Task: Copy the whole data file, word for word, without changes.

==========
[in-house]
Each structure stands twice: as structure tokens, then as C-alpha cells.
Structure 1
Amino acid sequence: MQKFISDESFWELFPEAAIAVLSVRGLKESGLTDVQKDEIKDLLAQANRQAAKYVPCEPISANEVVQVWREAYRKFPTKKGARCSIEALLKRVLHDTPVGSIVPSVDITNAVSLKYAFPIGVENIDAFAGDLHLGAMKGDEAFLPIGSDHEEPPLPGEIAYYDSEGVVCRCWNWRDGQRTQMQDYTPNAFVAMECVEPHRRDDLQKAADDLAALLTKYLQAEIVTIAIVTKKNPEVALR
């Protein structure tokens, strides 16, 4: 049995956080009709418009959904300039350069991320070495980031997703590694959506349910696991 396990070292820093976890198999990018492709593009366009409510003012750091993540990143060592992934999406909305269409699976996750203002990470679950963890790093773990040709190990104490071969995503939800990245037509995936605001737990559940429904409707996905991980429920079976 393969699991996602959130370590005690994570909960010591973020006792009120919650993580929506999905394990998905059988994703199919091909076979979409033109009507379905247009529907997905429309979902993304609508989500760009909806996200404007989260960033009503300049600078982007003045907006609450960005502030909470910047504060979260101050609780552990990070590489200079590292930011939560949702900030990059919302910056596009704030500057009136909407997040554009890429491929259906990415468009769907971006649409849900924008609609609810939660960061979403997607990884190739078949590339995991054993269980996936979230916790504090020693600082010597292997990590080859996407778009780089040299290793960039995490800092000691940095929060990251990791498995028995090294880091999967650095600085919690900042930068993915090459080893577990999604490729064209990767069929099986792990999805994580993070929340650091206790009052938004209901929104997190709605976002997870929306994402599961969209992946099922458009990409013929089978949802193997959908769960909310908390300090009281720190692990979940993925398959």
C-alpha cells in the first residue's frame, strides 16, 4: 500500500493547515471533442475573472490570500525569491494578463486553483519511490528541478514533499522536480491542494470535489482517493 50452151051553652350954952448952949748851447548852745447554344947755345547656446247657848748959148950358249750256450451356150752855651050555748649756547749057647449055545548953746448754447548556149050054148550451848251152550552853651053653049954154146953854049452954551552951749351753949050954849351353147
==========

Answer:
[in-house]
Each structure stands twice: as structure tokens, then as C-alpha cells.
Structure 1
Amino acid sequence: MQKFISDESFWELFPEAAIAVLSVRGLKESGLTDVQKDEIKDLLAQANRQAAKYVPCEPISANEVVQVWREAYRKFPTKKGARCSIEALLKRVLHDTPVGSIVPSVDITNAVSLKYAFPIGVENIDAFAGDLHLGAMKGDEAFLPIGSDHEEPPLPGEIAYYDSEGVVCRCWNWRDGQRTQMQDYTPNAFVAMECVEPHRRDDLQKAADDLAALLTKYLQAEIVTIAIVTKKNPEVALR
């Protein structure tokens, strides 16, 4: 049995956080009709418009959904300039350069991320070495980031997703590694959506349910696991 396990070292820093976890198999990018492709593009366009409510003012750091993540990143060592992934999406909305269409699976996750203002990470679950963890790093773990040709190990104490071969995503939800990245037509995936605001737990559940429904409707996905991980429920079976 393969699991996602959130370590005690994570909960010591973020006792009120919650993580929506999905394990998905059988994703199919091909076979979409033109009507379905247009529907997905429309979902993304609508989500760009909806996200404007989260960033009503300049600078982007003045907006609450960005502030909470910047504060979260101050609780552990990070590489200079590292930011939560949702900030990059919302910056596009704030500057009136909407997040554009890429491929259906990415468009769907971006649409849900924008609609609810939660960061979403997607990884190739078949590339995991054993269980996936979230916790504090020693600082010597292997990590080859996407778009780089040299290793960039995490800092000691940095929060990251990791498995028995090294880091999967650095600085919690900042930068993915090459080893577990999604490729064209990767069929099986792990999805994580993070929340650091206790009052938004209901929104997190709605976002997870929306994402599961969209992946099922458009990409013929089978949802193997959908769960909310908390300090009281720190692990979940993925398959």
C-alpha cells in the first residue's frame, strides 16, 4: 500500500493547515471533442475573472490570500525569491494578463486553483519511490528541478514533499522536480491542494470535489482517493 50452151051553652350954952448952949748851447548852745447554344947755345547656446247657848748959148950358249750256450451356150752855651050555748649756547749057647449055545548953746448754447548556149050054148550451848251152550552853651053653049954154146953854049452954551552951749351753949050954849351353147